Tiffany Mandrake is guest blogger here today. She has just released the first two titles in her new ‘The Little Horrors’ series. I asked her to explain the difference between pitching a single title and a series.

Thanks, Claire, for inviting me to be guest blogger at your blog! As a resident at Hags’ Abademy of Badness, I’m something of an expert on logs and bogs, but blogs are somewhat of a mystery. (I just started my own, so this is good practice for me.)

Today I’m going to talk about the difference in pitching a single title and a series. My closet cousin (who helped me with my pitch to Little Hare) says I’m not allowed to talk about hexing editors and sending my cat, Speedwell, to wee on their keyboards, so I’ll pretend I’m an ordinary writer instead of an extra-extra-inordinately-unordinary one.

When pitching a single title, you need to pitch a high concept of about 25 words that makes your book-to-be sound like the best thing since pickled nightshade. It should sound like something a reader just HAS to read. Consider these high concepts.

Boy quarrels with his friend and gets lost in the bush.
After a fight with Jim, Brady gets lost in the bush.
Boy quarrels with his best friend and spends a scary night in the bush.
A quarrel might finish a friendship, but night in the bush could finish Brady’s life.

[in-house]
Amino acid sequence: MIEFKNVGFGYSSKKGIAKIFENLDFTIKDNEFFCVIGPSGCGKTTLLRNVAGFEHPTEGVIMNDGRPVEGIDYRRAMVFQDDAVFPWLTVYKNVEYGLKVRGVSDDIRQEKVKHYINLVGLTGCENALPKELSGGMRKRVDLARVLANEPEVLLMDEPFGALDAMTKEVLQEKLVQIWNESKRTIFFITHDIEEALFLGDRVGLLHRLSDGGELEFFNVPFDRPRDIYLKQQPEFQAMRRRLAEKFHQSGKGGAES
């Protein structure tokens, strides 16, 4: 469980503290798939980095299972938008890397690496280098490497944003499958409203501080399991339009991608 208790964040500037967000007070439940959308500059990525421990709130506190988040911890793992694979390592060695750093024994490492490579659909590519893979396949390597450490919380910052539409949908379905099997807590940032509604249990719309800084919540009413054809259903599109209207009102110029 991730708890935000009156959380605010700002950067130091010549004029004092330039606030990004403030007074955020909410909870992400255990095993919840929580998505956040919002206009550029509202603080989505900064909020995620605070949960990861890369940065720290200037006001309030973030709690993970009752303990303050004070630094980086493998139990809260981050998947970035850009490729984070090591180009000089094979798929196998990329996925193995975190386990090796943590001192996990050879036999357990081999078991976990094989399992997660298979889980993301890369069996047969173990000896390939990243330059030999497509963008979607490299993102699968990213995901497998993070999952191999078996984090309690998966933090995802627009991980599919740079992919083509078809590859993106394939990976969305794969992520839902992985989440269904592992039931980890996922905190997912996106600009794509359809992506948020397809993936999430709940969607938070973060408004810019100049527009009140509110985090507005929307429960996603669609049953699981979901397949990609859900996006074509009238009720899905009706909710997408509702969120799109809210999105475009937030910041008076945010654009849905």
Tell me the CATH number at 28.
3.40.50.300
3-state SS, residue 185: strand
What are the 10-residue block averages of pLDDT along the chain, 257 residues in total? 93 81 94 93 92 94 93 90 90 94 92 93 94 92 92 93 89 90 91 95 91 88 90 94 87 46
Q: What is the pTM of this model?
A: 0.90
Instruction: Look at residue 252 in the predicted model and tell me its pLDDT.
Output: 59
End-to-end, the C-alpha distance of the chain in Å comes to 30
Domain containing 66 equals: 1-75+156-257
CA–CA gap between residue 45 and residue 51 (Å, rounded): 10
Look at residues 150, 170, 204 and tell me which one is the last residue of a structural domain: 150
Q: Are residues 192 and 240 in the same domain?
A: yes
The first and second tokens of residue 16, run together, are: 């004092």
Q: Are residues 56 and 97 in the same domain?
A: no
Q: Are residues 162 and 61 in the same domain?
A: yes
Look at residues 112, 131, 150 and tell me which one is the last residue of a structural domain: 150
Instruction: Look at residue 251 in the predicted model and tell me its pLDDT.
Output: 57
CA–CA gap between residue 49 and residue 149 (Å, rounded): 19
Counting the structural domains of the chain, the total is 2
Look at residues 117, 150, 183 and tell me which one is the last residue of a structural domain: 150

The end of a friendship or the end of a life? Only Brady will find the answer.
The fight with Jim was bad, and Brady is lost in the bush. Will he live to make amends?

They all refer to the same story, but some sound much more dramatic than others. Pick the one that hints at page-turning potential.

The pitch for a single story also needs a brief synopsis, character outlines, target audience, length, theme and tone and, depending on the publisher’s individual requirements, one-to-three finished chapters. Easy peasy, really.

When pitching a series, you need to consider, and specify, the kind of series you propose. Is it a series where a protagonist moves from adventure to adventure, learning, aging and changing, or one in which the protagonist stay the same age and never change? Will the episodes be self-contained, or will each end on a cliffhanger as they build to a final goal or ending? Will the protagonist(s) be the same in each book, or will heroes and heroines come and go?

Some series are “closed” from the start, such as the type which tell virtually the same story from different points of view. Some are planned as trilogies, or as seven-book cycles. Others are open ended. If you plan a finite series, or an open ended one, you should mention this in the pitch.

In most cases, rather than just a plot, you’ll pitch the environment for a series. Your setting, or “series world” is generally a constant in each book, and it must offer variety and plenty of possibilities for more than one story. The world might be as small as a house (remember The Royle Family? Almost every episode took place in a single room) or as large as a galaxy or time. If the series world is large, it will almost invariably have a small constant as well. Consider Doctor Who. The Doctor can go anywhere and to any time, but his “constant” is the TARDIS. It is the environment to which he returns, and in which readers/viewers find him most recognisable. The characters in Sally Odgers’ Space Sports series might travel to another planet, but they will always return to Space Station Nova, and the social politics of Nova will always affect their actions. Remember these examples in your pitch for a series, and think it through before you send it off to ! an editor.